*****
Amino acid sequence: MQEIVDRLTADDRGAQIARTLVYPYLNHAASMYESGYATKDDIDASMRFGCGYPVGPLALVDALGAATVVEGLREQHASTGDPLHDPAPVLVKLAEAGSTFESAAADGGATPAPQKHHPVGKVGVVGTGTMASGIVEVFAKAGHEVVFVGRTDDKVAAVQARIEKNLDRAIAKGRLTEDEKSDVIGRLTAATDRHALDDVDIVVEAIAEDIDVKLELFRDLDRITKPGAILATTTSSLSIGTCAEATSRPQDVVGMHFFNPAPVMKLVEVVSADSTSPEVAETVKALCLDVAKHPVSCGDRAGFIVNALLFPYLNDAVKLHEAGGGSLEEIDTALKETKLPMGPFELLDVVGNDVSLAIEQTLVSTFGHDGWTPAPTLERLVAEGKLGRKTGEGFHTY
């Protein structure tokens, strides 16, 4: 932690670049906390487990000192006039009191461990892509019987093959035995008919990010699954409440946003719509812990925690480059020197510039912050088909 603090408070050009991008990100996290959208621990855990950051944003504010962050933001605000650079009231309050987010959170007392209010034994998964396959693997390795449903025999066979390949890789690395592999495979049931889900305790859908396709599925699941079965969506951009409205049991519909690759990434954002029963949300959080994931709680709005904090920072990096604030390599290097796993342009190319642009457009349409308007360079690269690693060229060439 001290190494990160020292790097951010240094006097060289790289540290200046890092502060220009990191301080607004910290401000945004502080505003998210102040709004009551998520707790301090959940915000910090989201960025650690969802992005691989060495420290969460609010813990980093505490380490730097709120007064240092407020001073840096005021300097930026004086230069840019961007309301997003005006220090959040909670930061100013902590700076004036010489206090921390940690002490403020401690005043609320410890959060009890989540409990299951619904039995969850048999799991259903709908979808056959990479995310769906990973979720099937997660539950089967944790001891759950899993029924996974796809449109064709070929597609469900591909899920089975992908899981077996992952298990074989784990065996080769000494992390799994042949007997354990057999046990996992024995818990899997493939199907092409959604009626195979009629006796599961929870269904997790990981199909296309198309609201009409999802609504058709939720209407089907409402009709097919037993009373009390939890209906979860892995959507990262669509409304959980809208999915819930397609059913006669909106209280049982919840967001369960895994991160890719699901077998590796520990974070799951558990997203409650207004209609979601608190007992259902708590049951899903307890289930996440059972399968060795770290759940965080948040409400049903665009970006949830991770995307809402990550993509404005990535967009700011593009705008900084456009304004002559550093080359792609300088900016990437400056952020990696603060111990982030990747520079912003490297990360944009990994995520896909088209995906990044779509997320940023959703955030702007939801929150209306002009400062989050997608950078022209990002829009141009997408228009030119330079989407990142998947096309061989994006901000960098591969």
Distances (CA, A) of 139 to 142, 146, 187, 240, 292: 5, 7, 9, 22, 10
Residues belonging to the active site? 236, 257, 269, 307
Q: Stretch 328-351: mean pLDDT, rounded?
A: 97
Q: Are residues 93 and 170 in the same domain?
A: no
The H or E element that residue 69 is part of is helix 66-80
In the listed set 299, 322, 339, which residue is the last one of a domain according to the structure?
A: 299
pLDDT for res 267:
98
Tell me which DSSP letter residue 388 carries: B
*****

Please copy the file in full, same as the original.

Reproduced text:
Amino acid sequence: MQEIVDRLTADDRGAQIARTLVYPYLNHAASMYESGYATKDDIDASMRFGCGYPVGPLALVDALGAATVVEGLREQHASTGDPLHDPAPVLVKLAEAGSTFESAAADGGATPAPQKHHPVGKVGVVGTGTMASGIVEVFAKAGHEVVFVGRTDDKVAAVQARIEKNLDRAIAKGRLTEDEKSDVIGRLTAATDRHALDDVDIVVEAIAEDIDVKLELFRDLDRITKPGAILATTTSSLSIGTCAEATSRPQDVVGMHFFNPAPVMKLVEVVSADSTSPEVAETVKALCLDVAKHPVSCGDRAGFIVNALLFPYLNDAVKLHEAGGGSLEEIDTALKETKLPMGPFELLDVVGNDVSLAIEQTLVSTFGHDGWTPAPTLERLVAEGKLGRKTGEGFHTY
């Protein structure tokens, strides 16, 4: 932690670049906390487990000192006039009191461990892509019987093959035995008919990010699954409440946003719509812990925690480059020197510039912050088909 603090408070050009991008990100996290959208621990855990950051944003504010962050933001605000650079009231309050987010959170007392209010034994998964396959693997390795449903025999066979390949890789690395592999495979049931889900305790859908396709599925699941079965969506951009409205049991519909690759990434954002029963949300959080994931709680709005904090920072990096604030390599290097796993342009190319642009457009349409308007360079690269690693060229060439 001290190494990160020292790097951010240094006097060289790289540290200046890092502060220009990191301080607004910290401000945004502080505003998210102040709004009551998520707790301090959940915000910090989201960025650690969802992005691989060495420290969460609010813990980093505490380490730097709120007064240092407020001073840096005021300097930026004086230069840019961007309301997003005006220090959040909670930061100013902590700076004036010489206090921390940690002490403020401690005043609320410890959060009890989540409990299951619904039995969850048999799991259903709908979808056959990479995310769906990973979720099937997660539950089967944790001891759950899993029924996974796809449109064709070929597609469900591909899920089975992908899981077996992952298990074989784990065996080769000494992390799994042949007997354990057999046990996992024995818990899997493939199907092409959604009626195979009629006796599961929870269904997790990981199909296309198309609201009409999802609504058709939720209407089907409402009709097919037993009373009390939890209906979860892995959507990262669509409304959980809208999915819930397609059913006669909106209280049982919840967001369960895994991160890719699901077998590796520990974070799951558990997203409650207004209609979601608190007992259902708590049951899903307890289930996440059972399968060795770290759940965080948040409400049903665009970006949830991770995307809402990550993509404005990535967009700011593009705008900084456009304004002559550093080359792609300088900016990437400056952020990696603060111990982030990747520079912003490297990360944009990994995520896909088209995906990044779509997320940023959703955030702007939801929150209306002009400062989050997608950078022209990002829009141009997408228009030119330079989407990142998947096309061989994006901000960098591969």
Distances (CA, A) of 139 to 142, 146, 187, 240, 292: 5, 7, 9, 22, 10
Residues belonging to the active site? 236, 257, 269, 307
Q: Stretch 328-351: mean pLDDT, rounded?
A: 97
Q: Are residues 93 and 170 in the same domain?
A: no
The H or E element that residue 69 is part of is helix 66-80
In the listed set 299, 322, 339, which residue is the last one of a domain according to the structure?
A: 299
pLDDT for res 267:
98
Tell me which DSSP letter residue 388 carries: B